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  1. Here is my set up, a £10 Lidl pillar drill stand and a small 12v drill. I've got these old style Romford wheels that need drilling to take crank pins. There are just shallow blind holes provided. On the piece of wood, I have two more of the wheels, the small one is held done with a tiny screw but can still rotate. So how do I hold it more firmly? Am I just too hopeful about the chances of such a set up drilling the crank pin holes accurately? What sort of crank pin set up is best for upgrading this old Trinagchassis, drill and tap to fit current Markits screw in pins or will bits of wire do?
  2. This sketch is of a Robert Stephenson loco built for the New South Wales Railways out in Australia in the 1860s, and over the following years similar locos were built on this basic design because it was so useful. I've based it on a weight diagram of a later model found on page 73 of Locomotives of New South Wales 1855-1980 Volume One by Alex Grunbach. A great source for information on old steamers. I'm contemplating a model of it because it is a long boiler type that became extinct by the early part of the 20th century and so unusual compared to the normal RTR models. A long boiler type meant that the rigid wheel base was completely under the boiler and the fire box hung out and over behind the rear driving axle. This type was abandoned for being unstable at higher speeds say over 20 mph but was retained on mineral railways because their short wheel base and large boiler meant they could haul heavy loads around tight corners. What do you think of my diagram which is drawn with an 00 model in mind, can I get the two rear wheels close to the middle pair with 00 flanges? Where these Australian locos similar to long reboiled industrial types used in the UK?
  3. Some people mentioned the American switcher style loco would seem a bit to big for an industrial branch or light railway. Here it does not seem so bulky when next to a more conventional type here an SECR O1 0-6-0.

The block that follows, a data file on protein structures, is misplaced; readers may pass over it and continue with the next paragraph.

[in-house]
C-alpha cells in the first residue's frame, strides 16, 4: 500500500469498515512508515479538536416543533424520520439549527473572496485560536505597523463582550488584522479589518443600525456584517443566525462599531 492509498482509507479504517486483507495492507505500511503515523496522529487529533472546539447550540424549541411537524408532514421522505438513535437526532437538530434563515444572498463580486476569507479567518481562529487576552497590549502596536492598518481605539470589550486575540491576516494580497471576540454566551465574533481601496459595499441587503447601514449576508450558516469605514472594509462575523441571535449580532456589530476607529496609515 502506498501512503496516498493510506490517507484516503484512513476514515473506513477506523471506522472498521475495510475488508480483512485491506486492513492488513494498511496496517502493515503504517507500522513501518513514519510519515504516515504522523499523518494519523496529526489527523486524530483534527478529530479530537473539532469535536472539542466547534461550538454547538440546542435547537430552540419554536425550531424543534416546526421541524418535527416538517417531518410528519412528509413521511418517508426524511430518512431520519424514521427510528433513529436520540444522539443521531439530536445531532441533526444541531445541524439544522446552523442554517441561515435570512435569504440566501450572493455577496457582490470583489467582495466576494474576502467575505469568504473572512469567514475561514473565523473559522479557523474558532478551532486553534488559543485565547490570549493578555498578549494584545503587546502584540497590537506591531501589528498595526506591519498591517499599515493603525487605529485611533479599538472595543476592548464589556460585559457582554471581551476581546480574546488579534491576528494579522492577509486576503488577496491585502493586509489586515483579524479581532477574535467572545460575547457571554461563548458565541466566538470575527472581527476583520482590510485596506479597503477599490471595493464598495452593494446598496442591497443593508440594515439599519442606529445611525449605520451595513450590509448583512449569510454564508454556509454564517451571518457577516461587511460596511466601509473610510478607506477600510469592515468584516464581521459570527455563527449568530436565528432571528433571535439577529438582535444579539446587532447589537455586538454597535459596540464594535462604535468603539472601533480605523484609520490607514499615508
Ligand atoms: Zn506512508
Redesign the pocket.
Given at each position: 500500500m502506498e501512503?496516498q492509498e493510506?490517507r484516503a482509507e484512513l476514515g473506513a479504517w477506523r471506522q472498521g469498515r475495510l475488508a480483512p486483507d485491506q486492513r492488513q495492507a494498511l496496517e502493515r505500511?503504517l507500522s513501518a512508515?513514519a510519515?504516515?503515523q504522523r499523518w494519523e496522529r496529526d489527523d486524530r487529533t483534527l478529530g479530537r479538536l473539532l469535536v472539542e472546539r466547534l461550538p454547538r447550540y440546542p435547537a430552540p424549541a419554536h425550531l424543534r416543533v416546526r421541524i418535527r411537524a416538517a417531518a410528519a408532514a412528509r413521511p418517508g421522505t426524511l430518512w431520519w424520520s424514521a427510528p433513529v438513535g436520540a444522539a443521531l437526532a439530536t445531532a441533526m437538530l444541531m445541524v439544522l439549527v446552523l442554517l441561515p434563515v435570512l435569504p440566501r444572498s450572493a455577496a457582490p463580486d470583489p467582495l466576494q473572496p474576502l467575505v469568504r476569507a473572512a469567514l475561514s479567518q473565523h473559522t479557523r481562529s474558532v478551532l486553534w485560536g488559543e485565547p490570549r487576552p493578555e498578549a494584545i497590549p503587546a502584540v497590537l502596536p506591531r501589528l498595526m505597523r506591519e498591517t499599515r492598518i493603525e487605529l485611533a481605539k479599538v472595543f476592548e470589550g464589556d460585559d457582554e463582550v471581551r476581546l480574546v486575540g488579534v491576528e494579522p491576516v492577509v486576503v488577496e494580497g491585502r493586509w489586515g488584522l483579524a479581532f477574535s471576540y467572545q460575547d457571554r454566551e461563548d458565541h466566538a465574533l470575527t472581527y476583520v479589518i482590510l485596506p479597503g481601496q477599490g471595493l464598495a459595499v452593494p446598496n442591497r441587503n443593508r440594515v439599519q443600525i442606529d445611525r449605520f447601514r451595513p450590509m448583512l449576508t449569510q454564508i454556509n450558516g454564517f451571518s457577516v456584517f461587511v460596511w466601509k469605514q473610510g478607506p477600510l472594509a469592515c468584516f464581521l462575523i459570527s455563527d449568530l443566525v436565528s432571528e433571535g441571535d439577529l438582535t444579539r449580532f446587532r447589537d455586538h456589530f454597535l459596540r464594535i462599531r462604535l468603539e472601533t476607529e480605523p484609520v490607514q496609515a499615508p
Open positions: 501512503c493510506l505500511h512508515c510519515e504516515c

4. After taking all that to add backhead detail it is rather irksome to see it disappear under a layer of black paint. So using gel pens with metallic ink I've picked out the highlights. Although a little crude when viewed through the cab windows gives just a hint of the backhead detail.
  5. This problem seems to have the little people nearly as perplexed as me with how to fix the wheels. So far it has been harder than ever I could imagine it could be. Gluing the metal wheel stubs back on using a home-made gauge block to keep them at the correct distance apart I found it was best to do one wheel at a time. Glue one in with super-glue and hours later or the next day fix the other end with Granville's Threadlock as it gives you more fiddling time. Super can set before you get everything into place and check which is not good, or not get a wheel at the right angle. On the second pair I over did it with to much super-glue and squirted some down the central plastic tube section or the axle and had to drill and dig out the surplus with a sharpened screwdriver. They now all roll through these code 75 points and I'll give it 24 hours for the glues to harden up and I can put them back in the chassis block and see how they run? Cracks in nylon or white plastic still visible at 1 and 2. Added a day later, now I've tried it out the news is not so good. The wheels turn but the running is wobbly may be that some replacements will be needed after all because without some sort of jig getting each wheel stub lined up correctly and attached to the centre axle tube was not as easy and accurate for me as I had hoped.
  6. I've also had this problem with the split axle J72s, both the early ones with pancake motors, where they by Palitoy and the later Bachmann ones with the in line motors. I look forward to the new ones due any minute now I hope they have metal axles. The problem seems to arrise with other Bachmanns models using the split axles system. Here is the wheel set from their 0-6-0 USA switcher or shunter. The first of my pictures shows the splits in the front and rear axles which have also come loose. the centre geared axle seems to be OK and has remained solidly fixed. What to glue them back together with? First I degreased them with lighter fuel and decided to superglue them back together and not use the weaker Granville Lockthread which is meant to stop your nuts dropping off vibrating engines, cars and old motorbikes. I've got my home-made back to back gauge there to hold the wheel stubs in place as the glue sets. It's made from layers of balsa wood and cardboard and is set to match the fixed bear axle so it runs through my PECO code 75 check rails. We'll see if this repair holds up under running conditions?
  7. No its an 0-6-0, here's a side view of it, When the cab interior is finished the rood can go back on and its awaiting buffers to change it to UK use. This model can come either as an 0-6-0 a 2-6-0 or a 2-6-2, just by the addition of pony trucks, there can be two tenders from Bachmann both bogies a square one and a slopped back one.